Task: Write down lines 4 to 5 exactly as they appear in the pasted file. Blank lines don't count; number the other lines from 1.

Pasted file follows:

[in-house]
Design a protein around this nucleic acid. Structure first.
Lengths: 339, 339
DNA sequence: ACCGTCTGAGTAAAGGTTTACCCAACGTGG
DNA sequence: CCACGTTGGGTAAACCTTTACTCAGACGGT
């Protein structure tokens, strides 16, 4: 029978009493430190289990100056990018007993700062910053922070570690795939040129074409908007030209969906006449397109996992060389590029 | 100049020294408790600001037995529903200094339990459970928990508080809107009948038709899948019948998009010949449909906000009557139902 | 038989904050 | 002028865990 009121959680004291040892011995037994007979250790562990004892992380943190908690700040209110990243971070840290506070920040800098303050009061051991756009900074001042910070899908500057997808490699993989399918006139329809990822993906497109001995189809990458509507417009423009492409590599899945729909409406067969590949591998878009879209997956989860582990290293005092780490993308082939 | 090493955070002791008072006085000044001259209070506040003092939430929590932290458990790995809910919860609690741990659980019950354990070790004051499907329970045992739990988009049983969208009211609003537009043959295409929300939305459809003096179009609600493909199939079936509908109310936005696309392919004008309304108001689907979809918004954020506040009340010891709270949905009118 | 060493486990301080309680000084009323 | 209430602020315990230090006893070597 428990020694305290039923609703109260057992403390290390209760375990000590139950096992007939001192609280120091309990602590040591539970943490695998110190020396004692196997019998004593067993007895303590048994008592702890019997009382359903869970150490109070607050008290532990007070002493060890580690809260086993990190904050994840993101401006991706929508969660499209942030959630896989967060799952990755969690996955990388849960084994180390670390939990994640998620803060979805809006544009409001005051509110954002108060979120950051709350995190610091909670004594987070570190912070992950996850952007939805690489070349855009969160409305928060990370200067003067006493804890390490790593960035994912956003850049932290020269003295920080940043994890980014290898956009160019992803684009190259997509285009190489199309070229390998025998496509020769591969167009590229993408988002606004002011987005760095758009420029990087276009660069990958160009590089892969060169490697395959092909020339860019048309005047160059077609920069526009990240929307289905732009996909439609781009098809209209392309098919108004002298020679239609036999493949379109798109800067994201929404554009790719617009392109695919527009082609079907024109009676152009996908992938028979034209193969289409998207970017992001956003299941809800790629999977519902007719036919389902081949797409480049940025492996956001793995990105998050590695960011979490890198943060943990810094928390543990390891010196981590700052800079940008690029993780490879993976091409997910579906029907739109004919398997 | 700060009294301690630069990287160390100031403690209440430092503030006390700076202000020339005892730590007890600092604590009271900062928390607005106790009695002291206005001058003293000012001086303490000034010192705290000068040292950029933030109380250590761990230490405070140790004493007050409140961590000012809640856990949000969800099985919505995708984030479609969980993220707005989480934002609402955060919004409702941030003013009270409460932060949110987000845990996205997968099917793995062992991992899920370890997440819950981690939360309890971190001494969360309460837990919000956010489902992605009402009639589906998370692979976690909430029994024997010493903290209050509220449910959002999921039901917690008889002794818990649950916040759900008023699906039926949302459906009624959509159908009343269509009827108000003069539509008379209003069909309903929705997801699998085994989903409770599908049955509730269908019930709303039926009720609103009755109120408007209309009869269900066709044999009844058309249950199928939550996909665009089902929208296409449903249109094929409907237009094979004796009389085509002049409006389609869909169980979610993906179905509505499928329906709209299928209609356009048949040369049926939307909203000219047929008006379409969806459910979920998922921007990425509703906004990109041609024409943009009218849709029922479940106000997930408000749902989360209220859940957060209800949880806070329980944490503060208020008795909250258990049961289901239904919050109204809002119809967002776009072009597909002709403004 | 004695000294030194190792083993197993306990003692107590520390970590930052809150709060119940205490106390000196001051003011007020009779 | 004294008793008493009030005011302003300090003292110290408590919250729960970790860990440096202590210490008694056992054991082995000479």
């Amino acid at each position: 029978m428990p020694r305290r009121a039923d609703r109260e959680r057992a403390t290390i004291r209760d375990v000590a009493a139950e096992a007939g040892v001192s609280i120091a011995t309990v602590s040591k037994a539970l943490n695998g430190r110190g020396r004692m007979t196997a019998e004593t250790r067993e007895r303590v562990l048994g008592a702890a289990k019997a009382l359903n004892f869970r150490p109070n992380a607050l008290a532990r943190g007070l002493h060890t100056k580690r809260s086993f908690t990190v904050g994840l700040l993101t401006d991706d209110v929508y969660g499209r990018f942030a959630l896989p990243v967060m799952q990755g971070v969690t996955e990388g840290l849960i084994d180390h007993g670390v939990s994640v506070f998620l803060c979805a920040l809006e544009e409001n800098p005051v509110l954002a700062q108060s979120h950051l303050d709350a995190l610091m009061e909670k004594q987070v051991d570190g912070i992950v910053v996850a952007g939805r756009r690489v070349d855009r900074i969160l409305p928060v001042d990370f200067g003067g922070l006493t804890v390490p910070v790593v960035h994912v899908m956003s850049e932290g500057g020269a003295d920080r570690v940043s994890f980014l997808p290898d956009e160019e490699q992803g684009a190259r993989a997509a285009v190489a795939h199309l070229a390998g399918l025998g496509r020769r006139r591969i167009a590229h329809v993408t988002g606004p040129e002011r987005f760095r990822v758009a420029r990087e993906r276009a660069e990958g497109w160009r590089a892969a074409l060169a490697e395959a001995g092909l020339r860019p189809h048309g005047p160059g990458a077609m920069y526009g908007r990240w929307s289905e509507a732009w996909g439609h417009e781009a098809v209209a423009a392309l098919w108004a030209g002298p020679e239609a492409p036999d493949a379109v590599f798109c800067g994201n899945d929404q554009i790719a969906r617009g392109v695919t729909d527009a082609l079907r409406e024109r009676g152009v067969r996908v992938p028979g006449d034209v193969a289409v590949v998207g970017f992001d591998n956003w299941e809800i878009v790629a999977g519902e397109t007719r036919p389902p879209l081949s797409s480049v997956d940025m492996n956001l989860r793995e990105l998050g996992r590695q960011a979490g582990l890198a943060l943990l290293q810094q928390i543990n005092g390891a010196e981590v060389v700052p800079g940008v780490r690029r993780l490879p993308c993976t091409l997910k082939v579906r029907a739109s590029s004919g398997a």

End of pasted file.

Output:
DNA sequence: ACCGTCTGAGTAAAGGTTTACCCAACGTGG
DNA sequence: CCACGTTGGGTAAACCTTTACTCAGACGGT